|Contents: 1) What Is Baijiu? 2) Baijiu History 3) How Is Baijiu Made? 4) Baijiu Ingredients 5) Types Of Baijiu 6) Baijiu Facts & FAQs 7) How To Drink Baijiu 8) Pairing Baijiu With Food 9) Baijiu Cocktails 10) Baijiu Top Ten Brands|
|Country of origin||China|
|Alcohol by volume||28-65%|
|“Baijiu” in Chinese characters||白酒|
|Literal meaning||“white (clear) alcohol”|
Have you heard of Baijiu? Quite simply, Baijiu is the biggest selling drink on the planet. In fact, the top 5 biggest selling drinks globally are Baijius (Johnny Walker splits them at 4th). This Chinese spirit is synonymous with so much of Chinese culture: weddings, state banquets – in fact, any state occasion – business meetings (the actual meal and constant toasts with Baijiu are perhaps where the real business is done), birthdays, presents and increasingly as a social drink. (See: How To Drink Baijiu – Baijiu Drinking Culture)
So what goes into Baijiu to make it what it is? Firstly, it’s important to appreciate that the different aromas can influence how the Baijiu tastes. Sauce aroma baijiu will differ hugely from rice aroma baijiu for example and it will contain different ingredients. So let’s break down the 4 main aromas of Baijiu and look at what goes into making them.
The process starts with fermenting cooked sorghum with other grains such as Jiuqu. Jiuqu itself is made from crushed wheat, barley and sometimes, peas. Yeast and fungi are then developed in the heat and humidity of fermenting but the real magic occurs with the mixing of Jiuqu and sorghum to create enzymes, which then creates varying flavours, whilst the yeast produces ethanol.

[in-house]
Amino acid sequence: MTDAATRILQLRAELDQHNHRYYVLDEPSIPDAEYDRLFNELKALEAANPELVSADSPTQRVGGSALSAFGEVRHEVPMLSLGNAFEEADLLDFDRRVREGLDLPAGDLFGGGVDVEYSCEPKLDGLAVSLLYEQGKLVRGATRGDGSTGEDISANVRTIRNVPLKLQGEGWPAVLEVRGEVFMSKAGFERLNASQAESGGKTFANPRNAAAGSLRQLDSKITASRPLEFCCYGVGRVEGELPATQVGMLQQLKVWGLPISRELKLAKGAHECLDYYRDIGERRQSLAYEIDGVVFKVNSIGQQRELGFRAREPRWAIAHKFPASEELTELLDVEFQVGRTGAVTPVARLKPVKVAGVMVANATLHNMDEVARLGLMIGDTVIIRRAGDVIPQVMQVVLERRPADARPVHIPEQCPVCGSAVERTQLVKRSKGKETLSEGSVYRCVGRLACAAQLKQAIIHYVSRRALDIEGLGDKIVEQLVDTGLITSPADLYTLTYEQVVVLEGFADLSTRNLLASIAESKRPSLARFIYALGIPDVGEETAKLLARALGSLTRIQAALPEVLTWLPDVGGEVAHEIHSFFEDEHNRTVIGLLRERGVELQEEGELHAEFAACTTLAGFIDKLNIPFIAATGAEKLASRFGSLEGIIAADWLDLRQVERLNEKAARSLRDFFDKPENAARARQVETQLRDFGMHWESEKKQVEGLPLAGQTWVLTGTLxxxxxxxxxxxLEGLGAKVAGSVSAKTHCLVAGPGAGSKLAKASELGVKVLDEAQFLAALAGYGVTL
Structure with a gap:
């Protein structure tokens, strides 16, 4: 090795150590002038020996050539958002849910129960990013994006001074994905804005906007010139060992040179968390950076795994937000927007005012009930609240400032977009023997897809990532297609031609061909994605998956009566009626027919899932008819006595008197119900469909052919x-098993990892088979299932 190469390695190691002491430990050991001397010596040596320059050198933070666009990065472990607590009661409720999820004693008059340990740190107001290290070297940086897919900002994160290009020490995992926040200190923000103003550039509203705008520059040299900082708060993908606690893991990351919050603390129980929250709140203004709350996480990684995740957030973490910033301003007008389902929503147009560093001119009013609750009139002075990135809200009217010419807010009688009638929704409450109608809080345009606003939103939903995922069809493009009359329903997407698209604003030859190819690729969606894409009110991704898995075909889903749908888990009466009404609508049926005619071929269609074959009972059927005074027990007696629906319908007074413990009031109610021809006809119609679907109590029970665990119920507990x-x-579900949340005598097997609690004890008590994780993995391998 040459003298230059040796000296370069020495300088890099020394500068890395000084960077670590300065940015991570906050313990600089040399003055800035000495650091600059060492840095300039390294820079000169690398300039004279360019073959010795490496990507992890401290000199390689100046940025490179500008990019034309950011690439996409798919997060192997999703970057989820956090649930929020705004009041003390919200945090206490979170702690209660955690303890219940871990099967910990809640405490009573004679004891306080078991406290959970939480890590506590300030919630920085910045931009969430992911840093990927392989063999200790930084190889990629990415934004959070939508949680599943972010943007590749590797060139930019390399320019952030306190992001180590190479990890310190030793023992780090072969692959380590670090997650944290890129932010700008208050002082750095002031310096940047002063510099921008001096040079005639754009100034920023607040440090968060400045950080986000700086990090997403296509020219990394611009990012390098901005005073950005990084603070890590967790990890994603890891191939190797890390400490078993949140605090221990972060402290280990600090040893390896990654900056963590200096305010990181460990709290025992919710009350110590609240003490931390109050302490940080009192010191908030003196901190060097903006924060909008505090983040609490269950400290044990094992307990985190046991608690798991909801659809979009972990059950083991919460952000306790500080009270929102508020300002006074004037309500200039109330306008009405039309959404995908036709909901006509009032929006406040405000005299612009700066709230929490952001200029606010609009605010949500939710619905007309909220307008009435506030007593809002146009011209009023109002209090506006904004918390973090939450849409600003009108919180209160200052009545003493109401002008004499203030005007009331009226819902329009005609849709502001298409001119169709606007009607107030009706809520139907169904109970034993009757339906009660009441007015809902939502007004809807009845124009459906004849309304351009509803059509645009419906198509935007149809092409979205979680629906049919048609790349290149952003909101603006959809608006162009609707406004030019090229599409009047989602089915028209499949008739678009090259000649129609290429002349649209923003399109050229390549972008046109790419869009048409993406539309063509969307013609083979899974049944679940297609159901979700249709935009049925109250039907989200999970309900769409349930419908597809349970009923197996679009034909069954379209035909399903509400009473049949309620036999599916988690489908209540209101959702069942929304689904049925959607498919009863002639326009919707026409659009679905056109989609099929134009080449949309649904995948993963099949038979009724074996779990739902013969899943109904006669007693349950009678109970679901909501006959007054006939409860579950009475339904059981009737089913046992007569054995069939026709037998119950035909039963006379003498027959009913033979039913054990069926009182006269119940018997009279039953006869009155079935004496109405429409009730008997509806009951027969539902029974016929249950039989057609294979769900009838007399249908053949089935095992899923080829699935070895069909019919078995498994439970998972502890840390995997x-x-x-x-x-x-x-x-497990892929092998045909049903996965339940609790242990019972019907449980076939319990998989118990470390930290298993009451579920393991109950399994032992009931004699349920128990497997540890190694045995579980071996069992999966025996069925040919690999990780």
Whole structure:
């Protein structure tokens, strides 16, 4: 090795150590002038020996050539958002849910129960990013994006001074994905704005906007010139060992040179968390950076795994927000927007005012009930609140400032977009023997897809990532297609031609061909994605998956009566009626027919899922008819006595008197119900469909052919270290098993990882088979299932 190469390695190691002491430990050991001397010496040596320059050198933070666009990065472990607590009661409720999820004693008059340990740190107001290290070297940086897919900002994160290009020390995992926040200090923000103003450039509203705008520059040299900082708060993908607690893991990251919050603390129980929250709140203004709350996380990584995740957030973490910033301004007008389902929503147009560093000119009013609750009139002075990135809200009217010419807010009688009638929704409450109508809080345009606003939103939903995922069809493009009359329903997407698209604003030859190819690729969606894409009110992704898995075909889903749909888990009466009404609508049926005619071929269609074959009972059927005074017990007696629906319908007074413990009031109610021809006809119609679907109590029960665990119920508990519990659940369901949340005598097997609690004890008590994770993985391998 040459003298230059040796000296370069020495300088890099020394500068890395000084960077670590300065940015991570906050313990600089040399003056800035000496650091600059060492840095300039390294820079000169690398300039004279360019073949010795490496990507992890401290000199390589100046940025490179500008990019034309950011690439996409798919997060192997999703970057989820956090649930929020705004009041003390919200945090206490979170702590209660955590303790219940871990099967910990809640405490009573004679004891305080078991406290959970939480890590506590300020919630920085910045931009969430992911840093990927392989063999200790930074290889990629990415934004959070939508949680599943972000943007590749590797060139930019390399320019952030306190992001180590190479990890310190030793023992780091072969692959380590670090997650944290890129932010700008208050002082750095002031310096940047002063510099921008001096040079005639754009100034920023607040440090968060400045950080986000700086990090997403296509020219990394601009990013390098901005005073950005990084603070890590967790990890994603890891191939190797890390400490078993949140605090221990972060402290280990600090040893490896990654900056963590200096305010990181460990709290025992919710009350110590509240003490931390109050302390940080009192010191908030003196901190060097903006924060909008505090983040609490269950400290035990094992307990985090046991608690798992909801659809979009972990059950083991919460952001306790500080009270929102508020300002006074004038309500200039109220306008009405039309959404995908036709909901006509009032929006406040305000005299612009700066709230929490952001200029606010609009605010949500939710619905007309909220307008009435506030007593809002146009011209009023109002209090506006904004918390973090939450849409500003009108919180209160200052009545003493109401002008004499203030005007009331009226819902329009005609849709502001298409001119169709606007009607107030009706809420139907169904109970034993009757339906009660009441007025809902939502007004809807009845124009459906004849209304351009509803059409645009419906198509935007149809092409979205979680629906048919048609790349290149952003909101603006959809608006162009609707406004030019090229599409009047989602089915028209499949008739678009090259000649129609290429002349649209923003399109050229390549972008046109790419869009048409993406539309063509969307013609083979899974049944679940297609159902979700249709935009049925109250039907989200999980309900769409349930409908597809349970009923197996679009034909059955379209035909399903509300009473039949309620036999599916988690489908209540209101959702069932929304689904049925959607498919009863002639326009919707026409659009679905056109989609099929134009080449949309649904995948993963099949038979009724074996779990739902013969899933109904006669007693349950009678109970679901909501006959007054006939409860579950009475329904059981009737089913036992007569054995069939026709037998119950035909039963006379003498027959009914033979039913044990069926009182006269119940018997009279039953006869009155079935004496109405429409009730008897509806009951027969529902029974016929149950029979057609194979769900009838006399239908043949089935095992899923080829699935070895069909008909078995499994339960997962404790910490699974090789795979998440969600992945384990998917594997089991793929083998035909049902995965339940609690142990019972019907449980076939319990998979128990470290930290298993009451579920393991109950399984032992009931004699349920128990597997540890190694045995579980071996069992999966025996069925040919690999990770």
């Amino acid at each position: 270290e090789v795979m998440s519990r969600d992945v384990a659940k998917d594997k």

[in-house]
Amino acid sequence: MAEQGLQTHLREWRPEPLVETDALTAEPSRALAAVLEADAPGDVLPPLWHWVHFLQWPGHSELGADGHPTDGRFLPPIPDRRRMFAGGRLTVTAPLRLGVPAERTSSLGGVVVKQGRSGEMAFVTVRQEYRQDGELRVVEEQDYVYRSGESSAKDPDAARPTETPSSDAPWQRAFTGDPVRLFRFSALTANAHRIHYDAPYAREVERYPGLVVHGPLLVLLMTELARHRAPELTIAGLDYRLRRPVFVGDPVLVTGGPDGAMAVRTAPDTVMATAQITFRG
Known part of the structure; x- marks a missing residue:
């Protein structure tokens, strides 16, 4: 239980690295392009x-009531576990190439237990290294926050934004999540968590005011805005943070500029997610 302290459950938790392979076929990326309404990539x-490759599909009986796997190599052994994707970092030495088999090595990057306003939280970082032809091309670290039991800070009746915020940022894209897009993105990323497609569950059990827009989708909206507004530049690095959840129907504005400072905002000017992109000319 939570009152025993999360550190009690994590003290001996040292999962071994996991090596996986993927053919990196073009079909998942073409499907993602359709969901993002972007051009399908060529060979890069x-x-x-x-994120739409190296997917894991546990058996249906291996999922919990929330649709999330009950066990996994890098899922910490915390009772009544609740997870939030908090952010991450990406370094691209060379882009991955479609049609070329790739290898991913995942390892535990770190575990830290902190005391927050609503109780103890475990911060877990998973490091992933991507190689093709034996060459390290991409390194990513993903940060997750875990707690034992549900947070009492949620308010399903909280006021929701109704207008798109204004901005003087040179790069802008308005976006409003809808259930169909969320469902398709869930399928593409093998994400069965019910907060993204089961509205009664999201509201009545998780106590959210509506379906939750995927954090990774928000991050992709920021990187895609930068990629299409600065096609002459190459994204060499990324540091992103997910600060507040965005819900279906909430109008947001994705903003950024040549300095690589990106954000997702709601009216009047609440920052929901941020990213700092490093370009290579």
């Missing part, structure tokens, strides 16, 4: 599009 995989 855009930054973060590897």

As grains are added to hot water, crushed Jiuqu is added to this and the mixture is then fermented further, in a pit or jar. It really depends on the aroma at this point!
- Sorghum – grass species of grain.
- Jiuqu (or Qu) – made from crushed wheat, barley and peas and often other ingredients is mixed with water and left out doors to collect airborne yeast.
Sauce Aroma Baijiu
Sorghum is fermented in stone brick pits 8 times over a year. The resulting flavour is caramel, mushroom, umami, soy and herbs. The brand Moutai can rightly be considered the Prince of Baijius and the top sauce aroma brands command exorbitant prices.
Strong Aroma Baijiu
One of the baijiu brands Wuliangye has pits as old as 600 years! A personal fascination for me is strong aroma baijiu. The fermented mash is continuously added to – so some of these old pits literally have mash which can be centuries old. I am not aware of any other alcohol which is made with the base mash as old as this. The difference to sauce aroma baijiu is that strong aroma Baijiu is made in mud pits (as opposed to stone brick).
Light Aroma Baijiu
Light aroma Baijiu is made from sorghum and Qu (wheat bran, barley, peas). Light aroma baijiu is different again for a few reasons; it is made in stone pots or pits and the tendency is to use a short production cycle. This means that the aroma is quite fresh, however the alcohol content is high – over 50% alcohol volume is normal for light aroma baijiu.
Rice Aroma Baijiu
As the aroma name suggests, rice aroma baijiu is made from….rice! Steamed grains of rice are added to Qu then water is added. The process also involves continuous distillation and the cooked rice, once mixed with Qu is then mixed in an earthenware jar. A hole is dug to allow for more air to circulate into the mixture and it only sits for one day, unlike other aromas. At this point the now sugary rice mix is put into a larger jar, water is added which activates the yeast and the jar is covered and left for about a week.